Seminars & Events

<< Week of February 03 >>

Monday, February 4, 2019

Dare to Repair: From DNA Chemistry to Cancer and back again

Seminar: Structural & Quantitative Biology | February 4 | 4-5 p.m. | 106 Stanley Hall

 Sheila David, University of California, Davis

 College of Chemistry

Tuesday, February 5, 2019

Clayton Heathcock Lectureship: Studies Related to the ATP-Adenosine Pathway

Seminar: Organic Chemistry | February 5 | 11 a.m.-12 p.m. | 120 Latimer Hall

 Terry Rosen, Arcus Biosciences

 College of Chemistry

Tumor cell death induced by hypoxia or chemotherapy releases large amounts of ATP (adenosine triphosphate) into the extracellular environment. ATP is rapidly converted to AMP (adenosine monophosphate) which, in turn, is converted by hypoxia-induced CD73 into adenosine (ADO). ADO suppresses immune responses, including those of T cells, NK cells and dendritic cells through activation of adenosine...   More >

Single Molecule Probes and Single Particles Probed

Seminar: Physical Chemistry | February 5 | 4-5 p.m. | 120 Latimer Hall

 Laura Kaufman, Department of Chemistry, Columbia University

 College of Chemistry

I will describe two projects in which we characterize complex systems – supercooled liquids and conjugated polymer aggregates – through single molecule or single particle fluorescence imaging. First, in supercooled liquids – systems that display behaviors consistent with the presence of heterogeneous dynamics – we investigate the time scales over which heterogeneities persist using “ideal” single...   More >

Simon-Kucher Partners Infosession: Careers in consulting

Information Session | February 5 | 5-6:30 p.m. | 290 Hearst Memorial Mining Building

 Betty Pio, Simon-Kucher & Partners

 Bioengineering (BioE)

Want to learn more about consulting?
Our Life Sciences Partners will be on campus to discuss projects they have worked on and to answer any questions you might have about a career in consulting.

Food provided and resumes accepted!

• Simon-Kucher is regarded as the world’s leading pricing advisor and thought leader.
• Life Sciences is one of our leading industry practices; we have advised...   More >

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Wednesday, February 6, 2019

Experimental design in an oligonucleotide synthesis factory using numerical simulations in Python and pandas

Seminar | February 6 | 1:30-2:45 p.m. | 775A Tan Hall

 Aaron Wiegel, Data Scientist, Synthego

 Department of Chemistry

Abstract: Regardless of the application, calculating a particular statistic and associated p-value is not necessarily the biggest challenge in designing an experiment, especially given the availability of open source software packages such as scipy and statsmodels in Python. Instead, ensuring that the assumptions required for a statistical test are actually satisfied by the data is far more...   More >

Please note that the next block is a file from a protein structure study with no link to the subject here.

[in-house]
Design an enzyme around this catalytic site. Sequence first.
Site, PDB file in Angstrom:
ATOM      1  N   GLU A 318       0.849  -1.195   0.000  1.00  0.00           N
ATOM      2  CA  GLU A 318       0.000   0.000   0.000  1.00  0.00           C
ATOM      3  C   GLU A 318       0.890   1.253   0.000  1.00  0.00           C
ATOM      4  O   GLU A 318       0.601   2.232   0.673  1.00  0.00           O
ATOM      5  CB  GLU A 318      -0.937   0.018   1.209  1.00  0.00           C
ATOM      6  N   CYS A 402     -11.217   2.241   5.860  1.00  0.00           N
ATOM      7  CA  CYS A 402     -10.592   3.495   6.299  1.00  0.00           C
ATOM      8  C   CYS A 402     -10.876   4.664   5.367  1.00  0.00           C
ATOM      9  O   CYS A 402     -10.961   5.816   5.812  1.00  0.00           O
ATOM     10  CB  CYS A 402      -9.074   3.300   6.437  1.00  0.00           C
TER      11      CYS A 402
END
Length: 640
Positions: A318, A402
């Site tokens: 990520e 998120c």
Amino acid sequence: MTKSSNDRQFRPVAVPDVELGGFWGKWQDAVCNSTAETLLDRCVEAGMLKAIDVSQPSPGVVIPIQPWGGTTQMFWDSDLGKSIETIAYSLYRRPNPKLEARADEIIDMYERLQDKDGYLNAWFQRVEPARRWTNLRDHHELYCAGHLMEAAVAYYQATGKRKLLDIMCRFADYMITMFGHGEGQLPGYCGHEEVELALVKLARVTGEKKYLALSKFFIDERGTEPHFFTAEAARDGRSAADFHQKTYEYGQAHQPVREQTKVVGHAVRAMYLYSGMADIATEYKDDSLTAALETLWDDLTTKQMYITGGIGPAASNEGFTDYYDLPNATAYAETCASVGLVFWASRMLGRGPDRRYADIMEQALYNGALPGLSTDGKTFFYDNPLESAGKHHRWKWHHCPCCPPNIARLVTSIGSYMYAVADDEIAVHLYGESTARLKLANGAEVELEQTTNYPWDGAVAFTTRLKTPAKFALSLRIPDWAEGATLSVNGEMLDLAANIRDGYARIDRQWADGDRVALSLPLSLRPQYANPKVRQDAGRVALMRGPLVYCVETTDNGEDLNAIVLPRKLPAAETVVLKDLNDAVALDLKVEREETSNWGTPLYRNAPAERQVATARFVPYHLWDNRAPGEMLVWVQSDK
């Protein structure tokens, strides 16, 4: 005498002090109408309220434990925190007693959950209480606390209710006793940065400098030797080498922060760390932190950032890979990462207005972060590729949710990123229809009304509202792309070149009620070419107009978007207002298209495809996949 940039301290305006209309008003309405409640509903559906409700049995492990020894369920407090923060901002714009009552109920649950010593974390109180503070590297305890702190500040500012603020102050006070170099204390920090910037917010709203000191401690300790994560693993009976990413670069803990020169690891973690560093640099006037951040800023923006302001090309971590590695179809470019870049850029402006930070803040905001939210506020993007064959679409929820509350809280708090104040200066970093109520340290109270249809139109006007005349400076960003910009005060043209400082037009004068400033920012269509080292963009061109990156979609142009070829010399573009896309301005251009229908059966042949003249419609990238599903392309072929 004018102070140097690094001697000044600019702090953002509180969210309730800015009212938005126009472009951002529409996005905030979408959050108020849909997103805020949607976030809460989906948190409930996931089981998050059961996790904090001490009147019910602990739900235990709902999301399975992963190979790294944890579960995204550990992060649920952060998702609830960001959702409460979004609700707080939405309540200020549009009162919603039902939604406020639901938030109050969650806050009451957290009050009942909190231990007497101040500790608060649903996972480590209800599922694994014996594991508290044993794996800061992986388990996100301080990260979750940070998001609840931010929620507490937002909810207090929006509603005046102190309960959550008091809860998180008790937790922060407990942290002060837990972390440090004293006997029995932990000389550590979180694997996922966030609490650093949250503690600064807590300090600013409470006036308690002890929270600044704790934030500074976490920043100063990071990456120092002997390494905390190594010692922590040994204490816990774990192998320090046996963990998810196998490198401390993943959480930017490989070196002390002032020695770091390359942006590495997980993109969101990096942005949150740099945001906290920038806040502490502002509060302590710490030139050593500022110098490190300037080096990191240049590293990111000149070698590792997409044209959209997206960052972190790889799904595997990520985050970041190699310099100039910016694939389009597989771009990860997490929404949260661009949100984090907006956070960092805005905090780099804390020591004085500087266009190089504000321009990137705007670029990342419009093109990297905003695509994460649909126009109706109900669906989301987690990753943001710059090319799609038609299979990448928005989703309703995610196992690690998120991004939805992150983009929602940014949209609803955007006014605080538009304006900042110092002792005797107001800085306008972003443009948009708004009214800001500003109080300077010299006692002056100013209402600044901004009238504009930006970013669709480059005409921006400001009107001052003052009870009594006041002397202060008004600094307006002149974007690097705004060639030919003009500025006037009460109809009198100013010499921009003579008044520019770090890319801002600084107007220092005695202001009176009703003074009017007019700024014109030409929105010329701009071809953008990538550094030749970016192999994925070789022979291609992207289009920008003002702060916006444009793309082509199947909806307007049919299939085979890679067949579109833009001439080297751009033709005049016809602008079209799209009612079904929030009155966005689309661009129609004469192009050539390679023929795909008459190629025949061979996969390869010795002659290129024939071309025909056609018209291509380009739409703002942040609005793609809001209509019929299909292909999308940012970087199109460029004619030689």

Encapsulation of metal nanoparticles within microporous zeotypes via hydrothermal synthesis in the presence of ligand-protected metal cations

Colloquium: Chem. & Biomol. Engineering Colloquium | February 6 | 4-6 p.m. | 180 Tan Hall

 Trenton Otto, Ph.D. student in the Iglesia Group

 Department of Chemical Engineering

Thursday, February 7, 2019

Graduate Research Seminar

Seminar: Graduate Research Seminar | February 7 | 11 a.m.-12 p.m. |  Pitzer Auditorium, 120 Latimer Hall

 Ms. Audrey Reeves, Graduate Student for Professor Christopher Chang, www.cchem.berkeley.edu/cjcgrp/

 Department of Chemistry

Coffee served @10:50am at the Coffee Lab

Graduate Research Seminar

Seminar: Graduate Research Seminar | February 7 | 11 a.m.-12 p.m. |  Pitzer Auditorium, 120 Latimer Hall

 Mr. Banruo Huang, Graduate Student for Professor Dean Toste, www.cchem.berkeley.edu/toste/

 Department of Chemistry

Coffee served @10:50am at the Coffee Lab

Friday, February 8, 2019

Discrete Microfluidics for More Efficient Pharmaceutical Compound Testing: Nano Seminar Series

Seminar | February 8 | 2-3 p.m. | 4 LeConte Hall

 Prof. Melinda Simon, San Jose State University, Biomedical Engineering

 Berkeley Nanosciences and Nanoengineering Institute

In 2012, the declining efficiency and increasing cost of pharmaceutical research was noted in a phenomenon termed “Eroom’s law”, to distinguish it from the efficiency of “Moore’s law” in transistor development.

Though the reasons for this phenomenon are myriad and varied, the efficiency of drug development and commercialization could be greatly improved by the development of better paradigms...   More >

Neil Bartlett Lectureship: The close and loose relationship between Carbon and Phosphorus

Seminar: Inorganic Chemistry | February 8 | 4-5 p.m. | 120 Latimer Hall

 Manfred Scheer, Institute of Organic Chemistry, Universitat Regensburg

 College of Chemistry

Polyphosphorus units are an important class of compound and isolobal to carbon-based relatives. Because of the lone pairs at the phosphorus atoms, the five-fold symmetric cyclo-P5 ring of the pentaphosphaferrocenes [CpRFe(η5-P5)] enables the use of these complexes in unique supramolecular aggregations with Lewis acidic transition metal moieties to form unprecedented giant spherical molecules...   More >